Alyssa Sutton

Since 2015, Oregon legislators have been working to make birth contraceptives more accessible for women. House Bill 2879 was passed in 2015, permitting pharmacists to prescribe contraceptive patches and pills.

More recently Oregon House Bill 2527 was passed in February, which expanded the previous bill to include injectable hormonal contraceptives and self-administered contraceptives. Rep. Knute Buehler, R-Bend, who’s running against Gov. Kate Brown in the general election and is also a physician, introduced the amendment that would make birth control more accessible –– in theory.

The bill attempted to address the lack of insurance coverage when receiving such a service –– stating a prescription drug coverage plan would cover the costs of contraceptives –– but because of how it was written, the coverage has not yet started. Additionally, the Department of Consumers and Business Services indicated that they do not have authority to regulate coverage.

The implementation across Oregon has been slow. It is voluntary for pharmacists to opt-in to provide the service as they must complete a required $250 online training developed in collaboration with the Oregon Health Authority and the Oregon Board of Pharmacy in order to write contraceptive prescriptions.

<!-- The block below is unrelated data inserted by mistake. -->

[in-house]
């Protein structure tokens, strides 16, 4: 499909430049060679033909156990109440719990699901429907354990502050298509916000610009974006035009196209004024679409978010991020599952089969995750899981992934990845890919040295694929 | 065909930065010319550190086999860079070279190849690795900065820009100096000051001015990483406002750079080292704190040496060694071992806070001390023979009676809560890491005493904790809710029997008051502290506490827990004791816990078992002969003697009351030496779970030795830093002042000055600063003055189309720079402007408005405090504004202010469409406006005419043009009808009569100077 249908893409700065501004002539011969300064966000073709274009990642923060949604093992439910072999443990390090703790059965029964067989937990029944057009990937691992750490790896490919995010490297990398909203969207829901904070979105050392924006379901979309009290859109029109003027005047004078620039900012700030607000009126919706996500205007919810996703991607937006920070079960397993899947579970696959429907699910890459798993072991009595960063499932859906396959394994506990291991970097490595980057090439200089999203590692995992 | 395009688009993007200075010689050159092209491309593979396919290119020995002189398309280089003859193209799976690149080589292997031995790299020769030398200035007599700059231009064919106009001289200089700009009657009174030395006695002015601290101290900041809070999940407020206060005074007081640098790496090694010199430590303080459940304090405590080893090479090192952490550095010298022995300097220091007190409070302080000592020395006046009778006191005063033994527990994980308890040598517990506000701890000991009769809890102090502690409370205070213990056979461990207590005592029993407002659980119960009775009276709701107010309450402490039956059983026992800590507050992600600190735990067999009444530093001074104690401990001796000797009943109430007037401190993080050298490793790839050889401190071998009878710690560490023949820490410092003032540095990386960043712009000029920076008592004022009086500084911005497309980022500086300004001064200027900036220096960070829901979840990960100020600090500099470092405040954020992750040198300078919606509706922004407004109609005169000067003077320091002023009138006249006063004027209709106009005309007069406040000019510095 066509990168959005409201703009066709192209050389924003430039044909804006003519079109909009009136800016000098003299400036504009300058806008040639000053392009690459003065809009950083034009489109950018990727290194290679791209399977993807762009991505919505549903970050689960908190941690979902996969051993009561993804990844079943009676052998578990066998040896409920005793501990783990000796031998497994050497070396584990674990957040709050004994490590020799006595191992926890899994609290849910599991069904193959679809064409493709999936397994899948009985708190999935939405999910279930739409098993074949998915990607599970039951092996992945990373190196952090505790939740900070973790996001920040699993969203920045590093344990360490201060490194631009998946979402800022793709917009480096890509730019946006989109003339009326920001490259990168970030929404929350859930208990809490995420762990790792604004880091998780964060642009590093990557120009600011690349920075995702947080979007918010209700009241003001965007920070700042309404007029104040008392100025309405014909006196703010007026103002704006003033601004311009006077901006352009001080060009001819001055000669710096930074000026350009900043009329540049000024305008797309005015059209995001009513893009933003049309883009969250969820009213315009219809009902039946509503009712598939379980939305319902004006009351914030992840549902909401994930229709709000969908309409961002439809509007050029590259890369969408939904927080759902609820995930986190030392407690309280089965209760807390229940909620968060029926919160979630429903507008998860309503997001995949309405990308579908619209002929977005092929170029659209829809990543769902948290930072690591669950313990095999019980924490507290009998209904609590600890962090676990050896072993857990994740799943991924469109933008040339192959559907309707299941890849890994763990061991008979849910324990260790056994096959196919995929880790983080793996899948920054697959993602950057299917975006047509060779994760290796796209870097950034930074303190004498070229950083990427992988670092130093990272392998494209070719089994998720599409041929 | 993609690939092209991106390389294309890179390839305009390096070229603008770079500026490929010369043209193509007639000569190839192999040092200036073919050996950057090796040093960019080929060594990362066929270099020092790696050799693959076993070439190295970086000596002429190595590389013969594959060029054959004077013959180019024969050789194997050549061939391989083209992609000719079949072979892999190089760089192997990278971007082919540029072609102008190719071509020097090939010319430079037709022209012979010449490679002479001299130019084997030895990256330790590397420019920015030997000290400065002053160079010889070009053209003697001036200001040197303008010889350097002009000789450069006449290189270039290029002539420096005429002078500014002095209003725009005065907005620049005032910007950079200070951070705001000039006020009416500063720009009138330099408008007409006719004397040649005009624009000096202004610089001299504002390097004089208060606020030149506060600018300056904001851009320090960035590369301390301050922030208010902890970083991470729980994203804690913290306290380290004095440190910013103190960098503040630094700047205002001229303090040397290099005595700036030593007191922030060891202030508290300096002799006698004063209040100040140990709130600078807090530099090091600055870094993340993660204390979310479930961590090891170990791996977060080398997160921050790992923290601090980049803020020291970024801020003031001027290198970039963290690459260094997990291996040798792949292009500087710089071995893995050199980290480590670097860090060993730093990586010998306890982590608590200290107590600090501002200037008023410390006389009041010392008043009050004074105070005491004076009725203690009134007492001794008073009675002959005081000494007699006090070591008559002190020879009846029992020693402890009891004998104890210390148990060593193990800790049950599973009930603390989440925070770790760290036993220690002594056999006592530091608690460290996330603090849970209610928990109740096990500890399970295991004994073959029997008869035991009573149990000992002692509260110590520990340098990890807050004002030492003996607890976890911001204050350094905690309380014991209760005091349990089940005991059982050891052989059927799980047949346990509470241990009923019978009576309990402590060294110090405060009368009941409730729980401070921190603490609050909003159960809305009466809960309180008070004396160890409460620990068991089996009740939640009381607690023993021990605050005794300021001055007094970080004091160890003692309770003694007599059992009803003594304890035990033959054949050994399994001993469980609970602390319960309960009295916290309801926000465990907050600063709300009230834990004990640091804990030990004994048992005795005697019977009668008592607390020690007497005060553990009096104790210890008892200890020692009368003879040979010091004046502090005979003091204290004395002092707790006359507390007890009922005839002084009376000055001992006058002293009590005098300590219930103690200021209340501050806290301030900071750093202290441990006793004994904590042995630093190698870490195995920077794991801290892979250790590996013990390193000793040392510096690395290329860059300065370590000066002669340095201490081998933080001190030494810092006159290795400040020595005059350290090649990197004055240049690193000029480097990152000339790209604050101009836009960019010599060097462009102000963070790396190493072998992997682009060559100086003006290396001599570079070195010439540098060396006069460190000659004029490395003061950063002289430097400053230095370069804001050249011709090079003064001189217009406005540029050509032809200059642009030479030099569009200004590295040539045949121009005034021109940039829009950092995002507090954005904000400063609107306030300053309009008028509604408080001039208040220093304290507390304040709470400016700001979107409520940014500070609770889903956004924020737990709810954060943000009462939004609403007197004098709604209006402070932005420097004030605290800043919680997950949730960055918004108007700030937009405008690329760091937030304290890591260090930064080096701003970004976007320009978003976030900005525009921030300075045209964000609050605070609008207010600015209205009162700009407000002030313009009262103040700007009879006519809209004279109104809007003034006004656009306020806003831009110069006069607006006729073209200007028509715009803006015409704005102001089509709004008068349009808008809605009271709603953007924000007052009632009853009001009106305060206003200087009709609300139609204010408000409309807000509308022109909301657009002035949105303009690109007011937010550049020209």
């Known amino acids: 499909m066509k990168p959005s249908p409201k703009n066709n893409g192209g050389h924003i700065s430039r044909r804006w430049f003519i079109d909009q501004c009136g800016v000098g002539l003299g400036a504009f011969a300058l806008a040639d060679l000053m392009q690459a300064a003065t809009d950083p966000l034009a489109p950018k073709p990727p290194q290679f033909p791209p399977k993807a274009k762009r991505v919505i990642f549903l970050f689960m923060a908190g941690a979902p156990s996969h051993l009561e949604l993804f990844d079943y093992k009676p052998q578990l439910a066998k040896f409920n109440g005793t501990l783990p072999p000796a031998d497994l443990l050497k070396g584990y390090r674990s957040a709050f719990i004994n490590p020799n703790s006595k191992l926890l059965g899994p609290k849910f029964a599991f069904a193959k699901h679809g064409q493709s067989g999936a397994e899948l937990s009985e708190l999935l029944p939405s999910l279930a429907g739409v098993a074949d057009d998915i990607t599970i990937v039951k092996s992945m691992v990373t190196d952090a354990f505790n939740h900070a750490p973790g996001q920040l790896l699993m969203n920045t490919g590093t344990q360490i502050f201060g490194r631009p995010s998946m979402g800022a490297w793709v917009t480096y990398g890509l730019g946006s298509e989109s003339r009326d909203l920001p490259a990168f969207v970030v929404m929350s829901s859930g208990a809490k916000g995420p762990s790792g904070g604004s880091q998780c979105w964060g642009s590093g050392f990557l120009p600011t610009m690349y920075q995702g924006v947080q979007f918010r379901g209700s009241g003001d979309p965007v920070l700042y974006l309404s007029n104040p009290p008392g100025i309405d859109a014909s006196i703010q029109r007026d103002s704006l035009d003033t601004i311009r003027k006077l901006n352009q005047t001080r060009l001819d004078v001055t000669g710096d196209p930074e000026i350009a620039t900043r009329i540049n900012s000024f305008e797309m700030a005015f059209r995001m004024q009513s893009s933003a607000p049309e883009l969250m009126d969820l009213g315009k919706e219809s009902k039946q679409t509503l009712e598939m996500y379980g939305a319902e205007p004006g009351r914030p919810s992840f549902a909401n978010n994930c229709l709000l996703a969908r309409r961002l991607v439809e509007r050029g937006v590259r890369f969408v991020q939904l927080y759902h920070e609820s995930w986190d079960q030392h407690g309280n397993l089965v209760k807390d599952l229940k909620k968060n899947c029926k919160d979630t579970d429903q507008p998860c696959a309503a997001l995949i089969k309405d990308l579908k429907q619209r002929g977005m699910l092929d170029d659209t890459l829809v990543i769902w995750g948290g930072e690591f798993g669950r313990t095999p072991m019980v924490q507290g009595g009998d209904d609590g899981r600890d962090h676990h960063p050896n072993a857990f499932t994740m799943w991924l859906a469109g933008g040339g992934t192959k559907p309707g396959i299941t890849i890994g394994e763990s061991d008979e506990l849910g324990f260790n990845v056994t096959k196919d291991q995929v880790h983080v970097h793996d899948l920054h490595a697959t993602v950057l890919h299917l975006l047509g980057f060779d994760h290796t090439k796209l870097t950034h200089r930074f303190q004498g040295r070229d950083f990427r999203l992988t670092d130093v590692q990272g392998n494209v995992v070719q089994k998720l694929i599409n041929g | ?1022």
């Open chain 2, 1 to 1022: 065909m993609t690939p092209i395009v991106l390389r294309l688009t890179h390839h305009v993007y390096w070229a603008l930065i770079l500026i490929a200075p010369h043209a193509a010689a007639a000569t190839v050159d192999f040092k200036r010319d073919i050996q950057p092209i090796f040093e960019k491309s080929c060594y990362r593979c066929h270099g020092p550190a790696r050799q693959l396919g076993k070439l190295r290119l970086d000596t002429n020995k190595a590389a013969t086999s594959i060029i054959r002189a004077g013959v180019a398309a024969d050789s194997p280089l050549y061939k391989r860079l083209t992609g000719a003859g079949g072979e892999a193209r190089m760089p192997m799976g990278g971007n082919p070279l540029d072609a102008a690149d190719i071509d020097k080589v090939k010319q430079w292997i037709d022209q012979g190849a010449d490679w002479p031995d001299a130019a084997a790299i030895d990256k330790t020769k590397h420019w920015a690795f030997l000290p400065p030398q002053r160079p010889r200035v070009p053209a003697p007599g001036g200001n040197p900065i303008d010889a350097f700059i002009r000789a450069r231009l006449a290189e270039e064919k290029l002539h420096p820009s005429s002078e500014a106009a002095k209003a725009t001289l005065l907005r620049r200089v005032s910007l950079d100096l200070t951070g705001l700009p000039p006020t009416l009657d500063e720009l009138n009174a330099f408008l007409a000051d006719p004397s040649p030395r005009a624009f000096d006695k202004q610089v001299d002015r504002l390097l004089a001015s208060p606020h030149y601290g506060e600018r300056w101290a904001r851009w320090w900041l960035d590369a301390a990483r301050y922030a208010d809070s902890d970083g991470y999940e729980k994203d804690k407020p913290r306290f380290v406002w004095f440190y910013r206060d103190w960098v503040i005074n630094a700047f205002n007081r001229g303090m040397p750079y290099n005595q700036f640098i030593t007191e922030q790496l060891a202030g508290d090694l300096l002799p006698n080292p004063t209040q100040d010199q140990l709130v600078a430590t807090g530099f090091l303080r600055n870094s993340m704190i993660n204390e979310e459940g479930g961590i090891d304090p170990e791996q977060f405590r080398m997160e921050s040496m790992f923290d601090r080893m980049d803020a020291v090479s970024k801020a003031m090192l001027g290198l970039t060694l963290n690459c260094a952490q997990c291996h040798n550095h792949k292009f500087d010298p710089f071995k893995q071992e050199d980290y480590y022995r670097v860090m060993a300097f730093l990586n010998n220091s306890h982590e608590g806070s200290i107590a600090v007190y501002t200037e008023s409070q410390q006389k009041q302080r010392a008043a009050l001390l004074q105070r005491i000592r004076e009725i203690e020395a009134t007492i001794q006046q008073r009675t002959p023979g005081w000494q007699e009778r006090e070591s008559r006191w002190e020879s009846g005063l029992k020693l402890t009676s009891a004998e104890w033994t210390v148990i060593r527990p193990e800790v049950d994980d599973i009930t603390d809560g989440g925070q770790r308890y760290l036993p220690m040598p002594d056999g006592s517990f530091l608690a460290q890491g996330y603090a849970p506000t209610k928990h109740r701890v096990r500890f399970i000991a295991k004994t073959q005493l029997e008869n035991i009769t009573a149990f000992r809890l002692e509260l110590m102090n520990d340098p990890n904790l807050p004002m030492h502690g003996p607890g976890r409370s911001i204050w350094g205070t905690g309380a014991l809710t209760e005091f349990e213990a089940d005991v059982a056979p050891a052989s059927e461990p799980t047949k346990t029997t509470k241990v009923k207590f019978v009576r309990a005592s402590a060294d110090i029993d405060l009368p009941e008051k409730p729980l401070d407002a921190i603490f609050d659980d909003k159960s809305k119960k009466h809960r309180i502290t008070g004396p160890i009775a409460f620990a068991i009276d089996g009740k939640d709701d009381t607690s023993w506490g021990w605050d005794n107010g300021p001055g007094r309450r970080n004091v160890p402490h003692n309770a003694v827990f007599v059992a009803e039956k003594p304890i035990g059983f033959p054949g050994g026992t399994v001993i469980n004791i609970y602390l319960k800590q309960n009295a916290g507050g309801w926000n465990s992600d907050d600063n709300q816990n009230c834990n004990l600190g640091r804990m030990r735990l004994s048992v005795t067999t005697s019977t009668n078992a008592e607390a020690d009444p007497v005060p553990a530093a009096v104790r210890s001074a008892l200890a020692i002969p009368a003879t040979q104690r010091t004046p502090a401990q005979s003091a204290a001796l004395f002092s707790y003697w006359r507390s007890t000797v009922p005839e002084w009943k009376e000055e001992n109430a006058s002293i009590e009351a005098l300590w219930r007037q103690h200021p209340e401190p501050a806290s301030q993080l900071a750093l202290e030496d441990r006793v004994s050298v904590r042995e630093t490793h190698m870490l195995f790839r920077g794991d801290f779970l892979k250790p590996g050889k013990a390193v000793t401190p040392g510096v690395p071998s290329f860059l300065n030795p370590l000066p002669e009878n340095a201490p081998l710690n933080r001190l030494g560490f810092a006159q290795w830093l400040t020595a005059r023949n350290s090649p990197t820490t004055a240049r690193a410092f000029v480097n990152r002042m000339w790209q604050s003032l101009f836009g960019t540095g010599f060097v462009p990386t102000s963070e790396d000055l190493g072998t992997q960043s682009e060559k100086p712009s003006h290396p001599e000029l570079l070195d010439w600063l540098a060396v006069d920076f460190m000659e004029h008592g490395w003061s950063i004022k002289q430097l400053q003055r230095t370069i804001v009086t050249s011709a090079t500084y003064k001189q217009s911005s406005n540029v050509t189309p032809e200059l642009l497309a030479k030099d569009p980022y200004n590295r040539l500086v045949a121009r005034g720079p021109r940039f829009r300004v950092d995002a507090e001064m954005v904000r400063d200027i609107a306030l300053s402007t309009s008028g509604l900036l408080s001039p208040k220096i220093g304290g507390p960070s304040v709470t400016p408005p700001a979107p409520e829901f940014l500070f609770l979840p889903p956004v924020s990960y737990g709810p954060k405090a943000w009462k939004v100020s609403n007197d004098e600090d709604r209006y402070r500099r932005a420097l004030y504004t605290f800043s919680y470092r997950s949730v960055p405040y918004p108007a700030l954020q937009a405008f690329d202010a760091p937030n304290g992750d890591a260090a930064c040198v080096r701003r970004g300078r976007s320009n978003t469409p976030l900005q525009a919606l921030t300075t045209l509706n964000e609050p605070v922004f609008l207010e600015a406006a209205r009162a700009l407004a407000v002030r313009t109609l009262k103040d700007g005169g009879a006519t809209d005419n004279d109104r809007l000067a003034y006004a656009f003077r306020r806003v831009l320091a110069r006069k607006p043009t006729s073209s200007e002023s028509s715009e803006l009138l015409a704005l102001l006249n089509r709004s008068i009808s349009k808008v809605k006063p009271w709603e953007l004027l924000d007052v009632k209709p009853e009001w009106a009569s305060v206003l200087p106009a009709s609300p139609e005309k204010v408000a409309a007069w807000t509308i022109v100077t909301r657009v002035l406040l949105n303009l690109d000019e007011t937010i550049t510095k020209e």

While allowing pharmacists to prescribe contraceptives would remove what may seem like an unnecessary hurdle –– a doctor’s visit –– it may have created another burden.

Pharmacists have been knowledgeable in counseling women on the side effects and what to expect from hormonal contraceptives before the change in legislation. They now have the ability to prescribe contraceptives after completing a five-hour course.

See complete story in Friday's Observer

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